Over the last two years, NOLA Education has experienced impressive growth. The company –  which can now boast nearly 80 sites and 18,000+ students served nationwide – currently partners with clients coast to coast thanks to the NOLA team’s laser focus on getting Star Academy’s programming into the hands and minds of students across the nation. As the company seeks to continually enhance its client’s and students’ experiences, a myriad of complexities present themselves.

Fortunately, Jay enjoys taking the inevitable challenges that each company must face when rapidly scaling their organization and developing solutions that make life easier – and better – for those around him.

“I love the journey that comes with building and growing a company,” Jay said. “Operations touches every segment of the organization, and in a way, every customer. I enjoy serving people and putting systems in place that will help them function better today and tomorrow.”

Never Losing Sight of What Keeps the NOLA Machine Running

And while there’s nothing Jay enjoys more than digging into analytical details, he also doesn’t lose sight of what keeps the NOLA machine running: its people.

“We are on a mission to engage and inspire learners. NOLA is an extraordinary organization, and we need people that are passionate about our work and dedicated to the program – and its students’ – success. I feel very strongly about our core values, which we’ve crafted meticulously. They anchor our culture, and as our employees embody them daily, they make this an incredible place to work.”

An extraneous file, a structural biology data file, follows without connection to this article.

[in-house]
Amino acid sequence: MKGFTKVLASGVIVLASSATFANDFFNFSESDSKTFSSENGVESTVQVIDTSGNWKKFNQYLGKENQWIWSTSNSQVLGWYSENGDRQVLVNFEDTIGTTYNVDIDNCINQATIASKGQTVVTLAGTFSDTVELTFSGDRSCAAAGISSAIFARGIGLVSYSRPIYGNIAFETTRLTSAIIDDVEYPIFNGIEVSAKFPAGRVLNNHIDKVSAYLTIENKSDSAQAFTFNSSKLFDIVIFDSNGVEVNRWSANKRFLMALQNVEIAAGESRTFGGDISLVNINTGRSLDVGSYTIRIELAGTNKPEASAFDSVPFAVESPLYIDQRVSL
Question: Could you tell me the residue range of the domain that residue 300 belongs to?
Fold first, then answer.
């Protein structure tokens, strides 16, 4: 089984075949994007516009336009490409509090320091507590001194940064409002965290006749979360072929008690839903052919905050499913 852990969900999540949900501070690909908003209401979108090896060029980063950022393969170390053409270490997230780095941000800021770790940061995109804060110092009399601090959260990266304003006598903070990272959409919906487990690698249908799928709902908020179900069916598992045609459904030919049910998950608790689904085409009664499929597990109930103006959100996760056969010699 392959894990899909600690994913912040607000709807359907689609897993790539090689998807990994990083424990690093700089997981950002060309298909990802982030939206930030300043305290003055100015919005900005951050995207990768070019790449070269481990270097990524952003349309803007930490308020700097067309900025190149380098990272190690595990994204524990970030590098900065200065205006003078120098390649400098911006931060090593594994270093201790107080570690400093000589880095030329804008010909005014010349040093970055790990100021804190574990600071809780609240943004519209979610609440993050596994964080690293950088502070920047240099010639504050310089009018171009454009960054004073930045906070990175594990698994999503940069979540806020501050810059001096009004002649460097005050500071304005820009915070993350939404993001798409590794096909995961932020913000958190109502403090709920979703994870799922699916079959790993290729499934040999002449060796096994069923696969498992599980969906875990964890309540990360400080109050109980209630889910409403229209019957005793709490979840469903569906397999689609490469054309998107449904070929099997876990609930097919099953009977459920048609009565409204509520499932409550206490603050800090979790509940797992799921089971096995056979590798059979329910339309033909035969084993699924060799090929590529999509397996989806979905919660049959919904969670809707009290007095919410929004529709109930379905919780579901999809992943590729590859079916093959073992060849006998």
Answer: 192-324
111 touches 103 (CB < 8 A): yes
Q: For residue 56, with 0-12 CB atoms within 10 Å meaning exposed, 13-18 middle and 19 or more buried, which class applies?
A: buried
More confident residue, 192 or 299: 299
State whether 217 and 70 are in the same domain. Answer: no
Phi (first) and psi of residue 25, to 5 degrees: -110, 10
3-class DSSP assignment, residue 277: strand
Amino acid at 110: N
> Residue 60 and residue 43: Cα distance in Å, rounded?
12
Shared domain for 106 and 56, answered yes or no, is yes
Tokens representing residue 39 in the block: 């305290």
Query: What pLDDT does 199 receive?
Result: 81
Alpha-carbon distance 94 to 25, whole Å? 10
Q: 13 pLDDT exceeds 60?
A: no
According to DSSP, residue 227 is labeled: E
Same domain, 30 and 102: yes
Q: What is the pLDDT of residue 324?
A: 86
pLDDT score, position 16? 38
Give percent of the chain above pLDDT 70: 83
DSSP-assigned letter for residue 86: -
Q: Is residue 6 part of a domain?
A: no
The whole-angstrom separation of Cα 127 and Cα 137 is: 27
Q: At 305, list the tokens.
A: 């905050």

Jay’s Three Golden Nuggets

When we asked Jay if there were any pieces of advice that guide him as a professional today, he effortlessly gave us three antidotes of wisdom: Show Your Appreciation to Others, Be Authentic to Yourself, and Savor the Relationships that Give You Strength.

“First, remember to express gratitude to those around you for the work they’re doing, especially if they think no one has noticed their efforts,” Jay said. “I write thank you cards to employees every Sunday. If one of my team members did something that I’m grateful for, I strive to let them know.”

Jay’s next piece of advice isn’t about others, however: it’s about identifying what drives and fulfills you.

“Next, we need to be authentic to ourselves,” said Jay. “If you don’t enjoy where you work, try to figure out why then change it. We spend more than a third of our lives at work. If you can’t wake up and be happy or engaged in what’s ahead that day, that’s sad. Too many people see 8 hours of work as the conduit for what they do for the other 16 hours in their day, rather than an opportunity to enrich their lives and the lives of those around them.”

Finally, Jay encouraged us to savor and lean into the relationships that give us strength.

“It is vital that we take pride in and care for the relationships in our lives that fulfill us, whether personally or professionally,” Jay said. “I enjoy spending my free time with my wife of 32 years, Vickie. We take walks by the lake or drive around the city listening to 70s music to relax. We truly value the time we spend together, and I would never be able to do what I do without her support.”

“I’m also grateful that John Alvendia has faith in me and given me the opportunity to serve others in the way I do today. We are changing the lives of our students: I feel I am meant to do things that are much bigger than me. NOLA fills that void and helps students escape the path of discouragement and poverty. I know we are giving hope and opportunity to our students, and it’s truly a privilege to contribute to helping the next generation live better lives.”